My local Asian market has always stocked dozens of varieties of canned lychee products, and additional dozens of lychee flavored products (tapioca desserts, for example). Today, however, was the first time I noticed FRESH lychee fruit in the produce section. The price, about $4 per pound, seemed kind of steep at a glance. However, lychee fruit are pretty small – smaller than a plum – and I was able to purchase enough for a pretty little dish for about $2.
Lychee trees are indigenous to parts of China, and are now grown in many tropical and sub-tropical regions of the world. Recently, lychee fruit have been grown commercially in California and Florida, which is how fresh lychee ended up at my local market. It’s a small world! Lychee are low in calories, high in both Vitamin C and phytonutrients, and offer a refreshing, lightly sweet taste with a mild floral aroma. Amazing!
These little fruit resemble big raspberries at a glance. The raspberry appearance is simply the bumpy red peel, which must be removed. Puncture the peel with a paring knife and gently pull back.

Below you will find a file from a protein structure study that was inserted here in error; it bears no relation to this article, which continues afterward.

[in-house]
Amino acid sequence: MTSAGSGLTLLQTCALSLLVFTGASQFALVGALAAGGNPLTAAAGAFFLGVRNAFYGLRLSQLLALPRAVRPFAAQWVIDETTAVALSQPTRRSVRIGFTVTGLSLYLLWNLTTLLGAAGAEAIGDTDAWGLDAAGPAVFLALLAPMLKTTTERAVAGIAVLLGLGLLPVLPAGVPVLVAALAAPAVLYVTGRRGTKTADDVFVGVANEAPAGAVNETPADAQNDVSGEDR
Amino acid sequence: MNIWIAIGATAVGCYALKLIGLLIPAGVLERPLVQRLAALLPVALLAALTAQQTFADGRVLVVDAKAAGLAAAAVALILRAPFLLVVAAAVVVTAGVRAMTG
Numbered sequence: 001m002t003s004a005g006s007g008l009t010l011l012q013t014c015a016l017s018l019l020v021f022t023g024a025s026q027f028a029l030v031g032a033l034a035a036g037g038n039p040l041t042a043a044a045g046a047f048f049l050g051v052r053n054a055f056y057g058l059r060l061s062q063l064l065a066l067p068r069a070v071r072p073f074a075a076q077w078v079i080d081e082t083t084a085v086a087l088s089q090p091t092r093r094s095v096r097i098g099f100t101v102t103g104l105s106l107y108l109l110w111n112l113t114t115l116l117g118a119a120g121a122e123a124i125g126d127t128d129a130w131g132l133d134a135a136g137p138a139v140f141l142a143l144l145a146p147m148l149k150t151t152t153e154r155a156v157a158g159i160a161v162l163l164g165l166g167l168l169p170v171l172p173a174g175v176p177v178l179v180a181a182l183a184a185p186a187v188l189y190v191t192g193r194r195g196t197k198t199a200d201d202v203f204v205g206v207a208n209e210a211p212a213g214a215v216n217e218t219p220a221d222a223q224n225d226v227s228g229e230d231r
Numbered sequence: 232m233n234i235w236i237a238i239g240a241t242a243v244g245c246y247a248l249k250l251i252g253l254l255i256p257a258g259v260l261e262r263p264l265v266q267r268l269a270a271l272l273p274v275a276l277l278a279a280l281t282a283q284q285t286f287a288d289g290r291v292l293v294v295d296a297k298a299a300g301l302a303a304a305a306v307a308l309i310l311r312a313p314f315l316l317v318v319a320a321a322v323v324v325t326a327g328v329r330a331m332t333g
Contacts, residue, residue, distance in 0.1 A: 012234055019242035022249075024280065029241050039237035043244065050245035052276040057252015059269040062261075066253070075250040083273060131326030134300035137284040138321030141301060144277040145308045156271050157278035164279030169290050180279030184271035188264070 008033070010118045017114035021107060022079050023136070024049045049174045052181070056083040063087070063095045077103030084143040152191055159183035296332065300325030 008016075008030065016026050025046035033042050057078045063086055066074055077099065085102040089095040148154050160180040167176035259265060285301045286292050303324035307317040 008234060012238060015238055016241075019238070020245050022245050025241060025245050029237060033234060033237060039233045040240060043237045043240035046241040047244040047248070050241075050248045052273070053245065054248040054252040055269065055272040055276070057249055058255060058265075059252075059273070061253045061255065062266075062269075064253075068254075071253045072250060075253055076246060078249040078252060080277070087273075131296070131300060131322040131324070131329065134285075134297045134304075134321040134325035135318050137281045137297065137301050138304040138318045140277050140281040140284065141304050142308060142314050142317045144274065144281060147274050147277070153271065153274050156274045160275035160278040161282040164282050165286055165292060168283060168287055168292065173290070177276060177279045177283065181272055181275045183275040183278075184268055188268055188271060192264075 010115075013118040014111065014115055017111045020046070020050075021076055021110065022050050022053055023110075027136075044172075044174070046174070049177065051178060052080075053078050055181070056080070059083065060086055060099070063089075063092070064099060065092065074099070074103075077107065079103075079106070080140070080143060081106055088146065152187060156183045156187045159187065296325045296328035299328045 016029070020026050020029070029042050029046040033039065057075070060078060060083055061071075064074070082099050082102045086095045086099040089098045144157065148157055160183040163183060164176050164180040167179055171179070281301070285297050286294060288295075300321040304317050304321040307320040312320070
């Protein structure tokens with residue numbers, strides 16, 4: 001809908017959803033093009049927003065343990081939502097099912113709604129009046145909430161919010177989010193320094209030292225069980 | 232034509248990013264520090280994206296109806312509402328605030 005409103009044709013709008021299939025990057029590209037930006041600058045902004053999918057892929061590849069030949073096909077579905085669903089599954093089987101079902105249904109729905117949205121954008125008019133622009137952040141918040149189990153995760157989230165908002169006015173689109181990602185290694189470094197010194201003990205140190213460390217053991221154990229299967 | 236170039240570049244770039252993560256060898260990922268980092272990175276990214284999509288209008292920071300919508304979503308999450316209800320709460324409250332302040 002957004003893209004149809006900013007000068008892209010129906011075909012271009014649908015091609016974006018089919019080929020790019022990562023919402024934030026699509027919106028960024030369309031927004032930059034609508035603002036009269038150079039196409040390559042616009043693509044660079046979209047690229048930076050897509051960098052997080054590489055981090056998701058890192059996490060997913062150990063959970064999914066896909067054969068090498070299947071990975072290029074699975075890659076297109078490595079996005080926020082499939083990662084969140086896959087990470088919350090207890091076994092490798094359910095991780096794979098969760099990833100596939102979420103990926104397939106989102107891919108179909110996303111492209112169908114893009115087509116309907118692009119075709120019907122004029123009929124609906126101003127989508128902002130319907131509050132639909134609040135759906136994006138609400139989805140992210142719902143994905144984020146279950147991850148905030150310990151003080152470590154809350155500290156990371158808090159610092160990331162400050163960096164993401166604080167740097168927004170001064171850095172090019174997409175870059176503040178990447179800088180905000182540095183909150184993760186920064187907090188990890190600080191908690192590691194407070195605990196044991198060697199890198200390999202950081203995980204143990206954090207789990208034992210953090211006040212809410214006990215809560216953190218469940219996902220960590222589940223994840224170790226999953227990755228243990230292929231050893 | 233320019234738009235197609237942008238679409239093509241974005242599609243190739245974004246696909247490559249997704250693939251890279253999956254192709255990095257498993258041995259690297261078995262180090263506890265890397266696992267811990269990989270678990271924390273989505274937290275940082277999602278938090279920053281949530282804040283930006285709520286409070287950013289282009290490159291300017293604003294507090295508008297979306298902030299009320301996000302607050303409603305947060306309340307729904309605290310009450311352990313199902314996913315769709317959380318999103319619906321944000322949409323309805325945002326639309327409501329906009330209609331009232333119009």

Once started, the rest of the peel will unravel very easily, often in one piece. Break apart the peeled lychee fruit with your fingers (think of breaking a plum apart) and remove the single, smooth seed at the center.
Your peeled, seeded lychee fruit are now ready to enjoy! I think they’re lovely all by themselves. If you want to experiment, try a sprinkle of cinnamon, a squeeze of lime, or even a drizzle of coconut milk. Have fun!